US4006047 *Nov 8, 1974Feb 1, 1977Amp IncorporatedCatalysts for electroless deposition of metals on comparatively low-temperature polyolefin and polyester substrates
US4017265 *Feb 15, 1972Apr 12, 1977Taylor David WFerromagnetic memory layer, methods of making and adhering it to substrates, magnetic tapes, and other products
US4317856 *Nov 30, 1979Mar 2, 1982Dynamit Nobel AgInsulating-material bodies having metal particles dispersed in the resin
Referenced by
Citing PatentFiling datePublication dateApplicantTitle
US5173330 *Apr 3, 1990Dec 22, 1992Matsushita Electric Industrial Co., Ltd.Patterning composition and method for patterning on a substrate
US5182135 *Mar 18, 1991Jan 26, 1993Bayer AktiengesellschaftProcess for improving the adherency of metallic coatings deposited without current on plastic surfaces
US5183795 *Oct 10, 1991Feb 2, 1993Intel CorporationFully planar metalization process
US5200272 *Jul 30, 1992Apr 6, 1993Miles Inc.Process for metallizing substrate surfaces
US5227223 *Jun 7, 1991Jul 13, 1993Monsanto CompanyFabricating metal articles from printed images
US5233753 *Nov 7, 1991Aug 10, 1993Bayer AktiengesellschaftMethod of making injection-moulded printed circuit boards
US5238702 *Apr 6, 1992Aug 24, 1993Henning GieseckeElectrically conductive patterns
US5403649 *Jul 13, 1993Apr 4, 1995Monsanto CompanyFabricating metal articles from printed images
US5419954 *Jun 3, 1993May 30, 1995The Alpha CorporationComposition including a catalytic metal-polymer complex and a method of manufacturing a laminate preform or a laminate which is catalytically effective for subsequent electroless metallization thereof
US5436034 *Dec 19, 1994Jul 25, 1995Bayer AktiengesellschaftProcess for improving the adhesiveness of electrolessly deposited metal films
US5985785 *Dec 30, 1994Nov 16, 1999Alpha CorporationComposition including a catalytic metal-polymer complex and a method of manufacturing a laminate preform or a laminate which is catalytically effective for subsequent electroless metallization thereof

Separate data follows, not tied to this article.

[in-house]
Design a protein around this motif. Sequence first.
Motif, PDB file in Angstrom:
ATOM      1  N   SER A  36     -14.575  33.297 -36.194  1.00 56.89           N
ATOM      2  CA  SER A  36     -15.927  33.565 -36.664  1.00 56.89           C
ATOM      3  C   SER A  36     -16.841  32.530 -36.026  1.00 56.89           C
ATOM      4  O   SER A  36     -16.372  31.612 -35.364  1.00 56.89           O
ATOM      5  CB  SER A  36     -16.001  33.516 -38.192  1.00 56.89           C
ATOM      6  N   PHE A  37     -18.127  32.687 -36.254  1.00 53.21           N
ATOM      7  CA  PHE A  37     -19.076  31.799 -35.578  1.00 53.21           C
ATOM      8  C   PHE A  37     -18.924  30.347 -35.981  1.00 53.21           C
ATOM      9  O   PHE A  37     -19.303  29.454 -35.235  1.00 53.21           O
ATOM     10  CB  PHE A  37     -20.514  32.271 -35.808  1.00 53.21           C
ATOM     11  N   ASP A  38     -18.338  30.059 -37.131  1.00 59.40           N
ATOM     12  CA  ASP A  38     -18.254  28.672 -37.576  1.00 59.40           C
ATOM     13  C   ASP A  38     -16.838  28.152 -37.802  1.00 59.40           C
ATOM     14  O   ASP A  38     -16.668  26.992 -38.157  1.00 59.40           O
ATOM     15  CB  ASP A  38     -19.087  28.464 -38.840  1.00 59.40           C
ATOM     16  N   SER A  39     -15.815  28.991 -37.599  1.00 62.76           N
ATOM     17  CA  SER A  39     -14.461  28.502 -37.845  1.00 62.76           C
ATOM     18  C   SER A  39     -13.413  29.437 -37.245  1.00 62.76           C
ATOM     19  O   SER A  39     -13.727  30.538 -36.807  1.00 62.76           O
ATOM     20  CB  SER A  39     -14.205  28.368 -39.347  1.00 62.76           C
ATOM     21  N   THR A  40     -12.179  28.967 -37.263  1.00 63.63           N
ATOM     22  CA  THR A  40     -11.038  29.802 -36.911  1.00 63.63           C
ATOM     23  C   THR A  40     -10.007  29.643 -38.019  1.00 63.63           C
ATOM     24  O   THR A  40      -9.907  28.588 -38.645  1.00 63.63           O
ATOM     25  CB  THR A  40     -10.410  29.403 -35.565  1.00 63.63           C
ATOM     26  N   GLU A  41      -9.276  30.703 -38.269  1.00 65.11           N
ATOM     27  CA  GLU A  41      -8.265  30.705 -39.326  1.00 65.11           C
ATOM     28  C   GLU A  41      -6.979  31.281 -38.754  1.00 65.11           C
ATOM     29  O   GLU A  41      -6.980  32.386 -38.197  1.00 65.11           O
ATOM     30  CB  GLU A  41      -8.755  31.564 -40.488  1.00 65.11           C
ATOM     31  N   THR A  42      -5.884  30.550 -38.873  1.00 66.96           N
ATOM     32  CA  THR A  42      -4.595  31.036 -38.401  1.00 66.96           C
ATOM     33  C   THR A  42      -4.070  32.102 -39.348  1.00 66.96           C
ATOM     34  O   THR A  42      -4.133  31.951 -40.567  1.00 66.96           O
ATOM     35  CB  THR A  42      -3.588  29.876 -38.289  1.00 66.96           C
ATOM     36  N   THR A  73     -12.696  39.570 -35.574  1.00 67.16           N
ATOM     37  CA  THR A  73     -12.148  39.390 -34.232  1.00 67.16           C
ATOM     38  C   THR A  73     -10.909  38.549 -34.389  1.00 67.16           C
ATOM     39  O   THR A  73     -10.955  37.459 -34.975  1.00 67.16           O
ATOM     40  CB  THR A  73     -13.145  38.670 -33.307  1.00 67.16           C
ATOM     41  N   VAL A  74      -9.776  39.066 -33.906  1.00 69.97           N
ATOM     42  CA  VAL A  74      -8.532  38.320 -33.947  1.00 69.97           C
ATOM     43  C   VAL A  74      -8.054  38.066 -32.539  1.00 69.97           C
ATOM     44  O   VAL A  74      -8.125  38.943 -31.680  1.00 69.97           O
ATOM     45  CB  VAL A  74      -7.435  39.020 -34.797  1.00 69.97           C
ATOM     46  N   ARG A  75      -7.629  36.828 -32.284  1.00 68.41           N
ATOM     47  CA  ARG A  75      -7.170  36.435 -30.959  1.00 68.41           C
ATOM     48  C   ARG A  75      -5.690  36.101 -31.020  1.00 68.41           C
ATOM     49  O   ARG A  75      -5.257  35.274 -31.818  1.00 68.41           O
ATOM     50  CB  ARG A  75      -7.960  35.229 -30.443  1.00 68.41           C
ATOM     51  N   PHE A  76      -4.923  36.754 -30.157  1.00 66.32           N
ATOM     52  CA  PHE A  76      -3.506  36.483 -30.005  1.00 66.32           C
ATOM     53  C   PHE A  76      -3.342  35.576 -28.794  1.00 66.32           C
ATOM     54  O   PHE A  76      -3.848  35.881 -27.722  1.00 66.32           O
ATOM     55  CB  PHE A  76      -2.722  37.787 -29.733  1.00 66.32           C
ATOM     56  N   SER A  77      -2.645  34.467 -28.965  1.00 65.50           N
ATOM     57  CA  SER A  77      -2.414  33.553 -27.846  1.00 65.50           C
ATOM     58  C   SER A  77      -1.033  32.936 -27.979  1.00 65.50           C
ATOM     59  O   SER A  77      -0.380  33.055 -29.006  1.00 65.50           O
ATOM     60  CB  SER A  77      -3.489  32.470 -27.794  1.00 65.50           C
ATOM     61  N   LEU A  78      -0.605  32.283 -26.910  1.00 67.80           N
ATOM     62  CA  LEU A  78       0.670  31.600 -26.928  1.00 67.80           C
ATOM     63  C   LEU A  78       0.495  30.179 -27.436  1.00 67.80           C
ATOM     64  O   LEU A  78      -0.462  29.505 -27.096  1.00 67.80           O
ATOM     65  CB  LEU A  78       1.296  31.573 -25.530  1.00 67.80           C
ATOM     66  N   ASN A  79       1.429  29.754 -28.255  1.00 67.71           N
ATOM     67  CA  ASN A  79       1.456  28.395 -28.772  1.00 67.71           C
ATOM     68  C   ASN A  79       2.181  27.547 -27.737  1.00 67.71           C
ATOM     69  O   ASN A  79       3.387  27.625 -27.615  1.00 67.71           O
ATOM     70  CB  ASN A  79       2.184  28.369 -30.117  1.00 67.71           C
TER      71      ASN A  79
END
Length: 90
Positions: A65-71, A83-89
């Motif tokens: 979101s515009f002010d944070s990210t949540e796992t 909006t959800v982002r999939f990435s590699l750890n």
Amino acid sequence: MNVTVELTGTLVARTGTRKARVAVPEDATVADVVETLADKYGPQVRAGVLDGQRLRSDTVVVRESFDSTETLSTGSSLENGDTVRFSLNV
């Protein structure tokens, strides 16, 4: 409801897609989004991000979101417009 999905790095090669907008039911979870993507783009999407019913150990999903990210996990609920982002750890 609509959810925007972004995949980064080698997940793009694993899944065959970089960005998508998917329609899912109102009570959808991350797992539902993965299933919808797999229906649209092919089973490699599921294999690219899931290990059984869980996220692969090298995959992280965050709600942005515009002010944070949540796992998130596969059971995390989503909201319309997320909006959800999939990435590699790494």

US6187374Sep 2, 1998Feb 13, 2001Xim Products, Inc.Coatings with increased adhesion
US6730409May 27, 1999May 4, 2004International Business Machines CorporationPromoting adhesion between a polymer and a metallic substrate
US6908684Mar 3, 2004Jun 21, 2005International Business Machines CorporationPromoting adhesion between a polymer and a metallic substrate
US8389123Feb 1, 2008Mar 5, 2013Kimoto Co., Ltd.Material for forming electroless plate, coating solution for adhering catalyst, method for forming electroless plate, and plating method
US20040166438 *Mar 3, 2004Aug 26, 2004International Business Machines CorporationPromoting adhesion between a polymer and a metallic substrate
US20060191982 *Apr 3, 2006Aug 31, 2006Emitec Gesellschaft Fur Emissionstechnologie MbhProcess for producing a metallic honeycomb body with a layer length difference
US20100108528 *Feb 1, 2008May 6, 2010Kanto Gakuin University Surface Engineering Research InstituteMaterial for forming electroless plate, coating solution for adhering catalyst, method for forming electroless plate, and plating method
CN1970649B *Dec 8, 2006Aug 11, 2010安徽大学Large molecule surface modifier for ceramic nanometer surface modification
CN100484902CJun 20, 2007May 6, 2009安徽大学A modified nano powder of silicon nitride, preparation method, and usage
Classifications
U.S. Classification427/306, 427/305, 427/304
International ClassificationC23C18/28, H05K3/38, C23C18/20, H05K3/18
Cooperative ClassificationC23C18/28, H05K3/181, H05K3/387
European ClassificationC23C18/28
Legal Events
DateCodeEventDescription
Jul 10, 1987ASAssignment
Owner name: BAYER AKTIENGESELLSCHAFT, LEVERKUSEN, GERMANY A CO
Free format text: ASSIGNMENT OF ASSIGNORS INTEREST.;ASSIGNORS:GIESECKE, HENNING;WOLF, GERHARD D.;PROBST, JOACHIM;AND OTHERS;REEL/FRAME:004738/0585
Effective date: 19870629
Sep 29, 1992FPAYFee payment
Year of fee payment: 4
Sep 30, 1996FPAYFee payment
Year of fee payment: 8
Oct 19, 2000FPAYFee payment
Year of fee payment: 12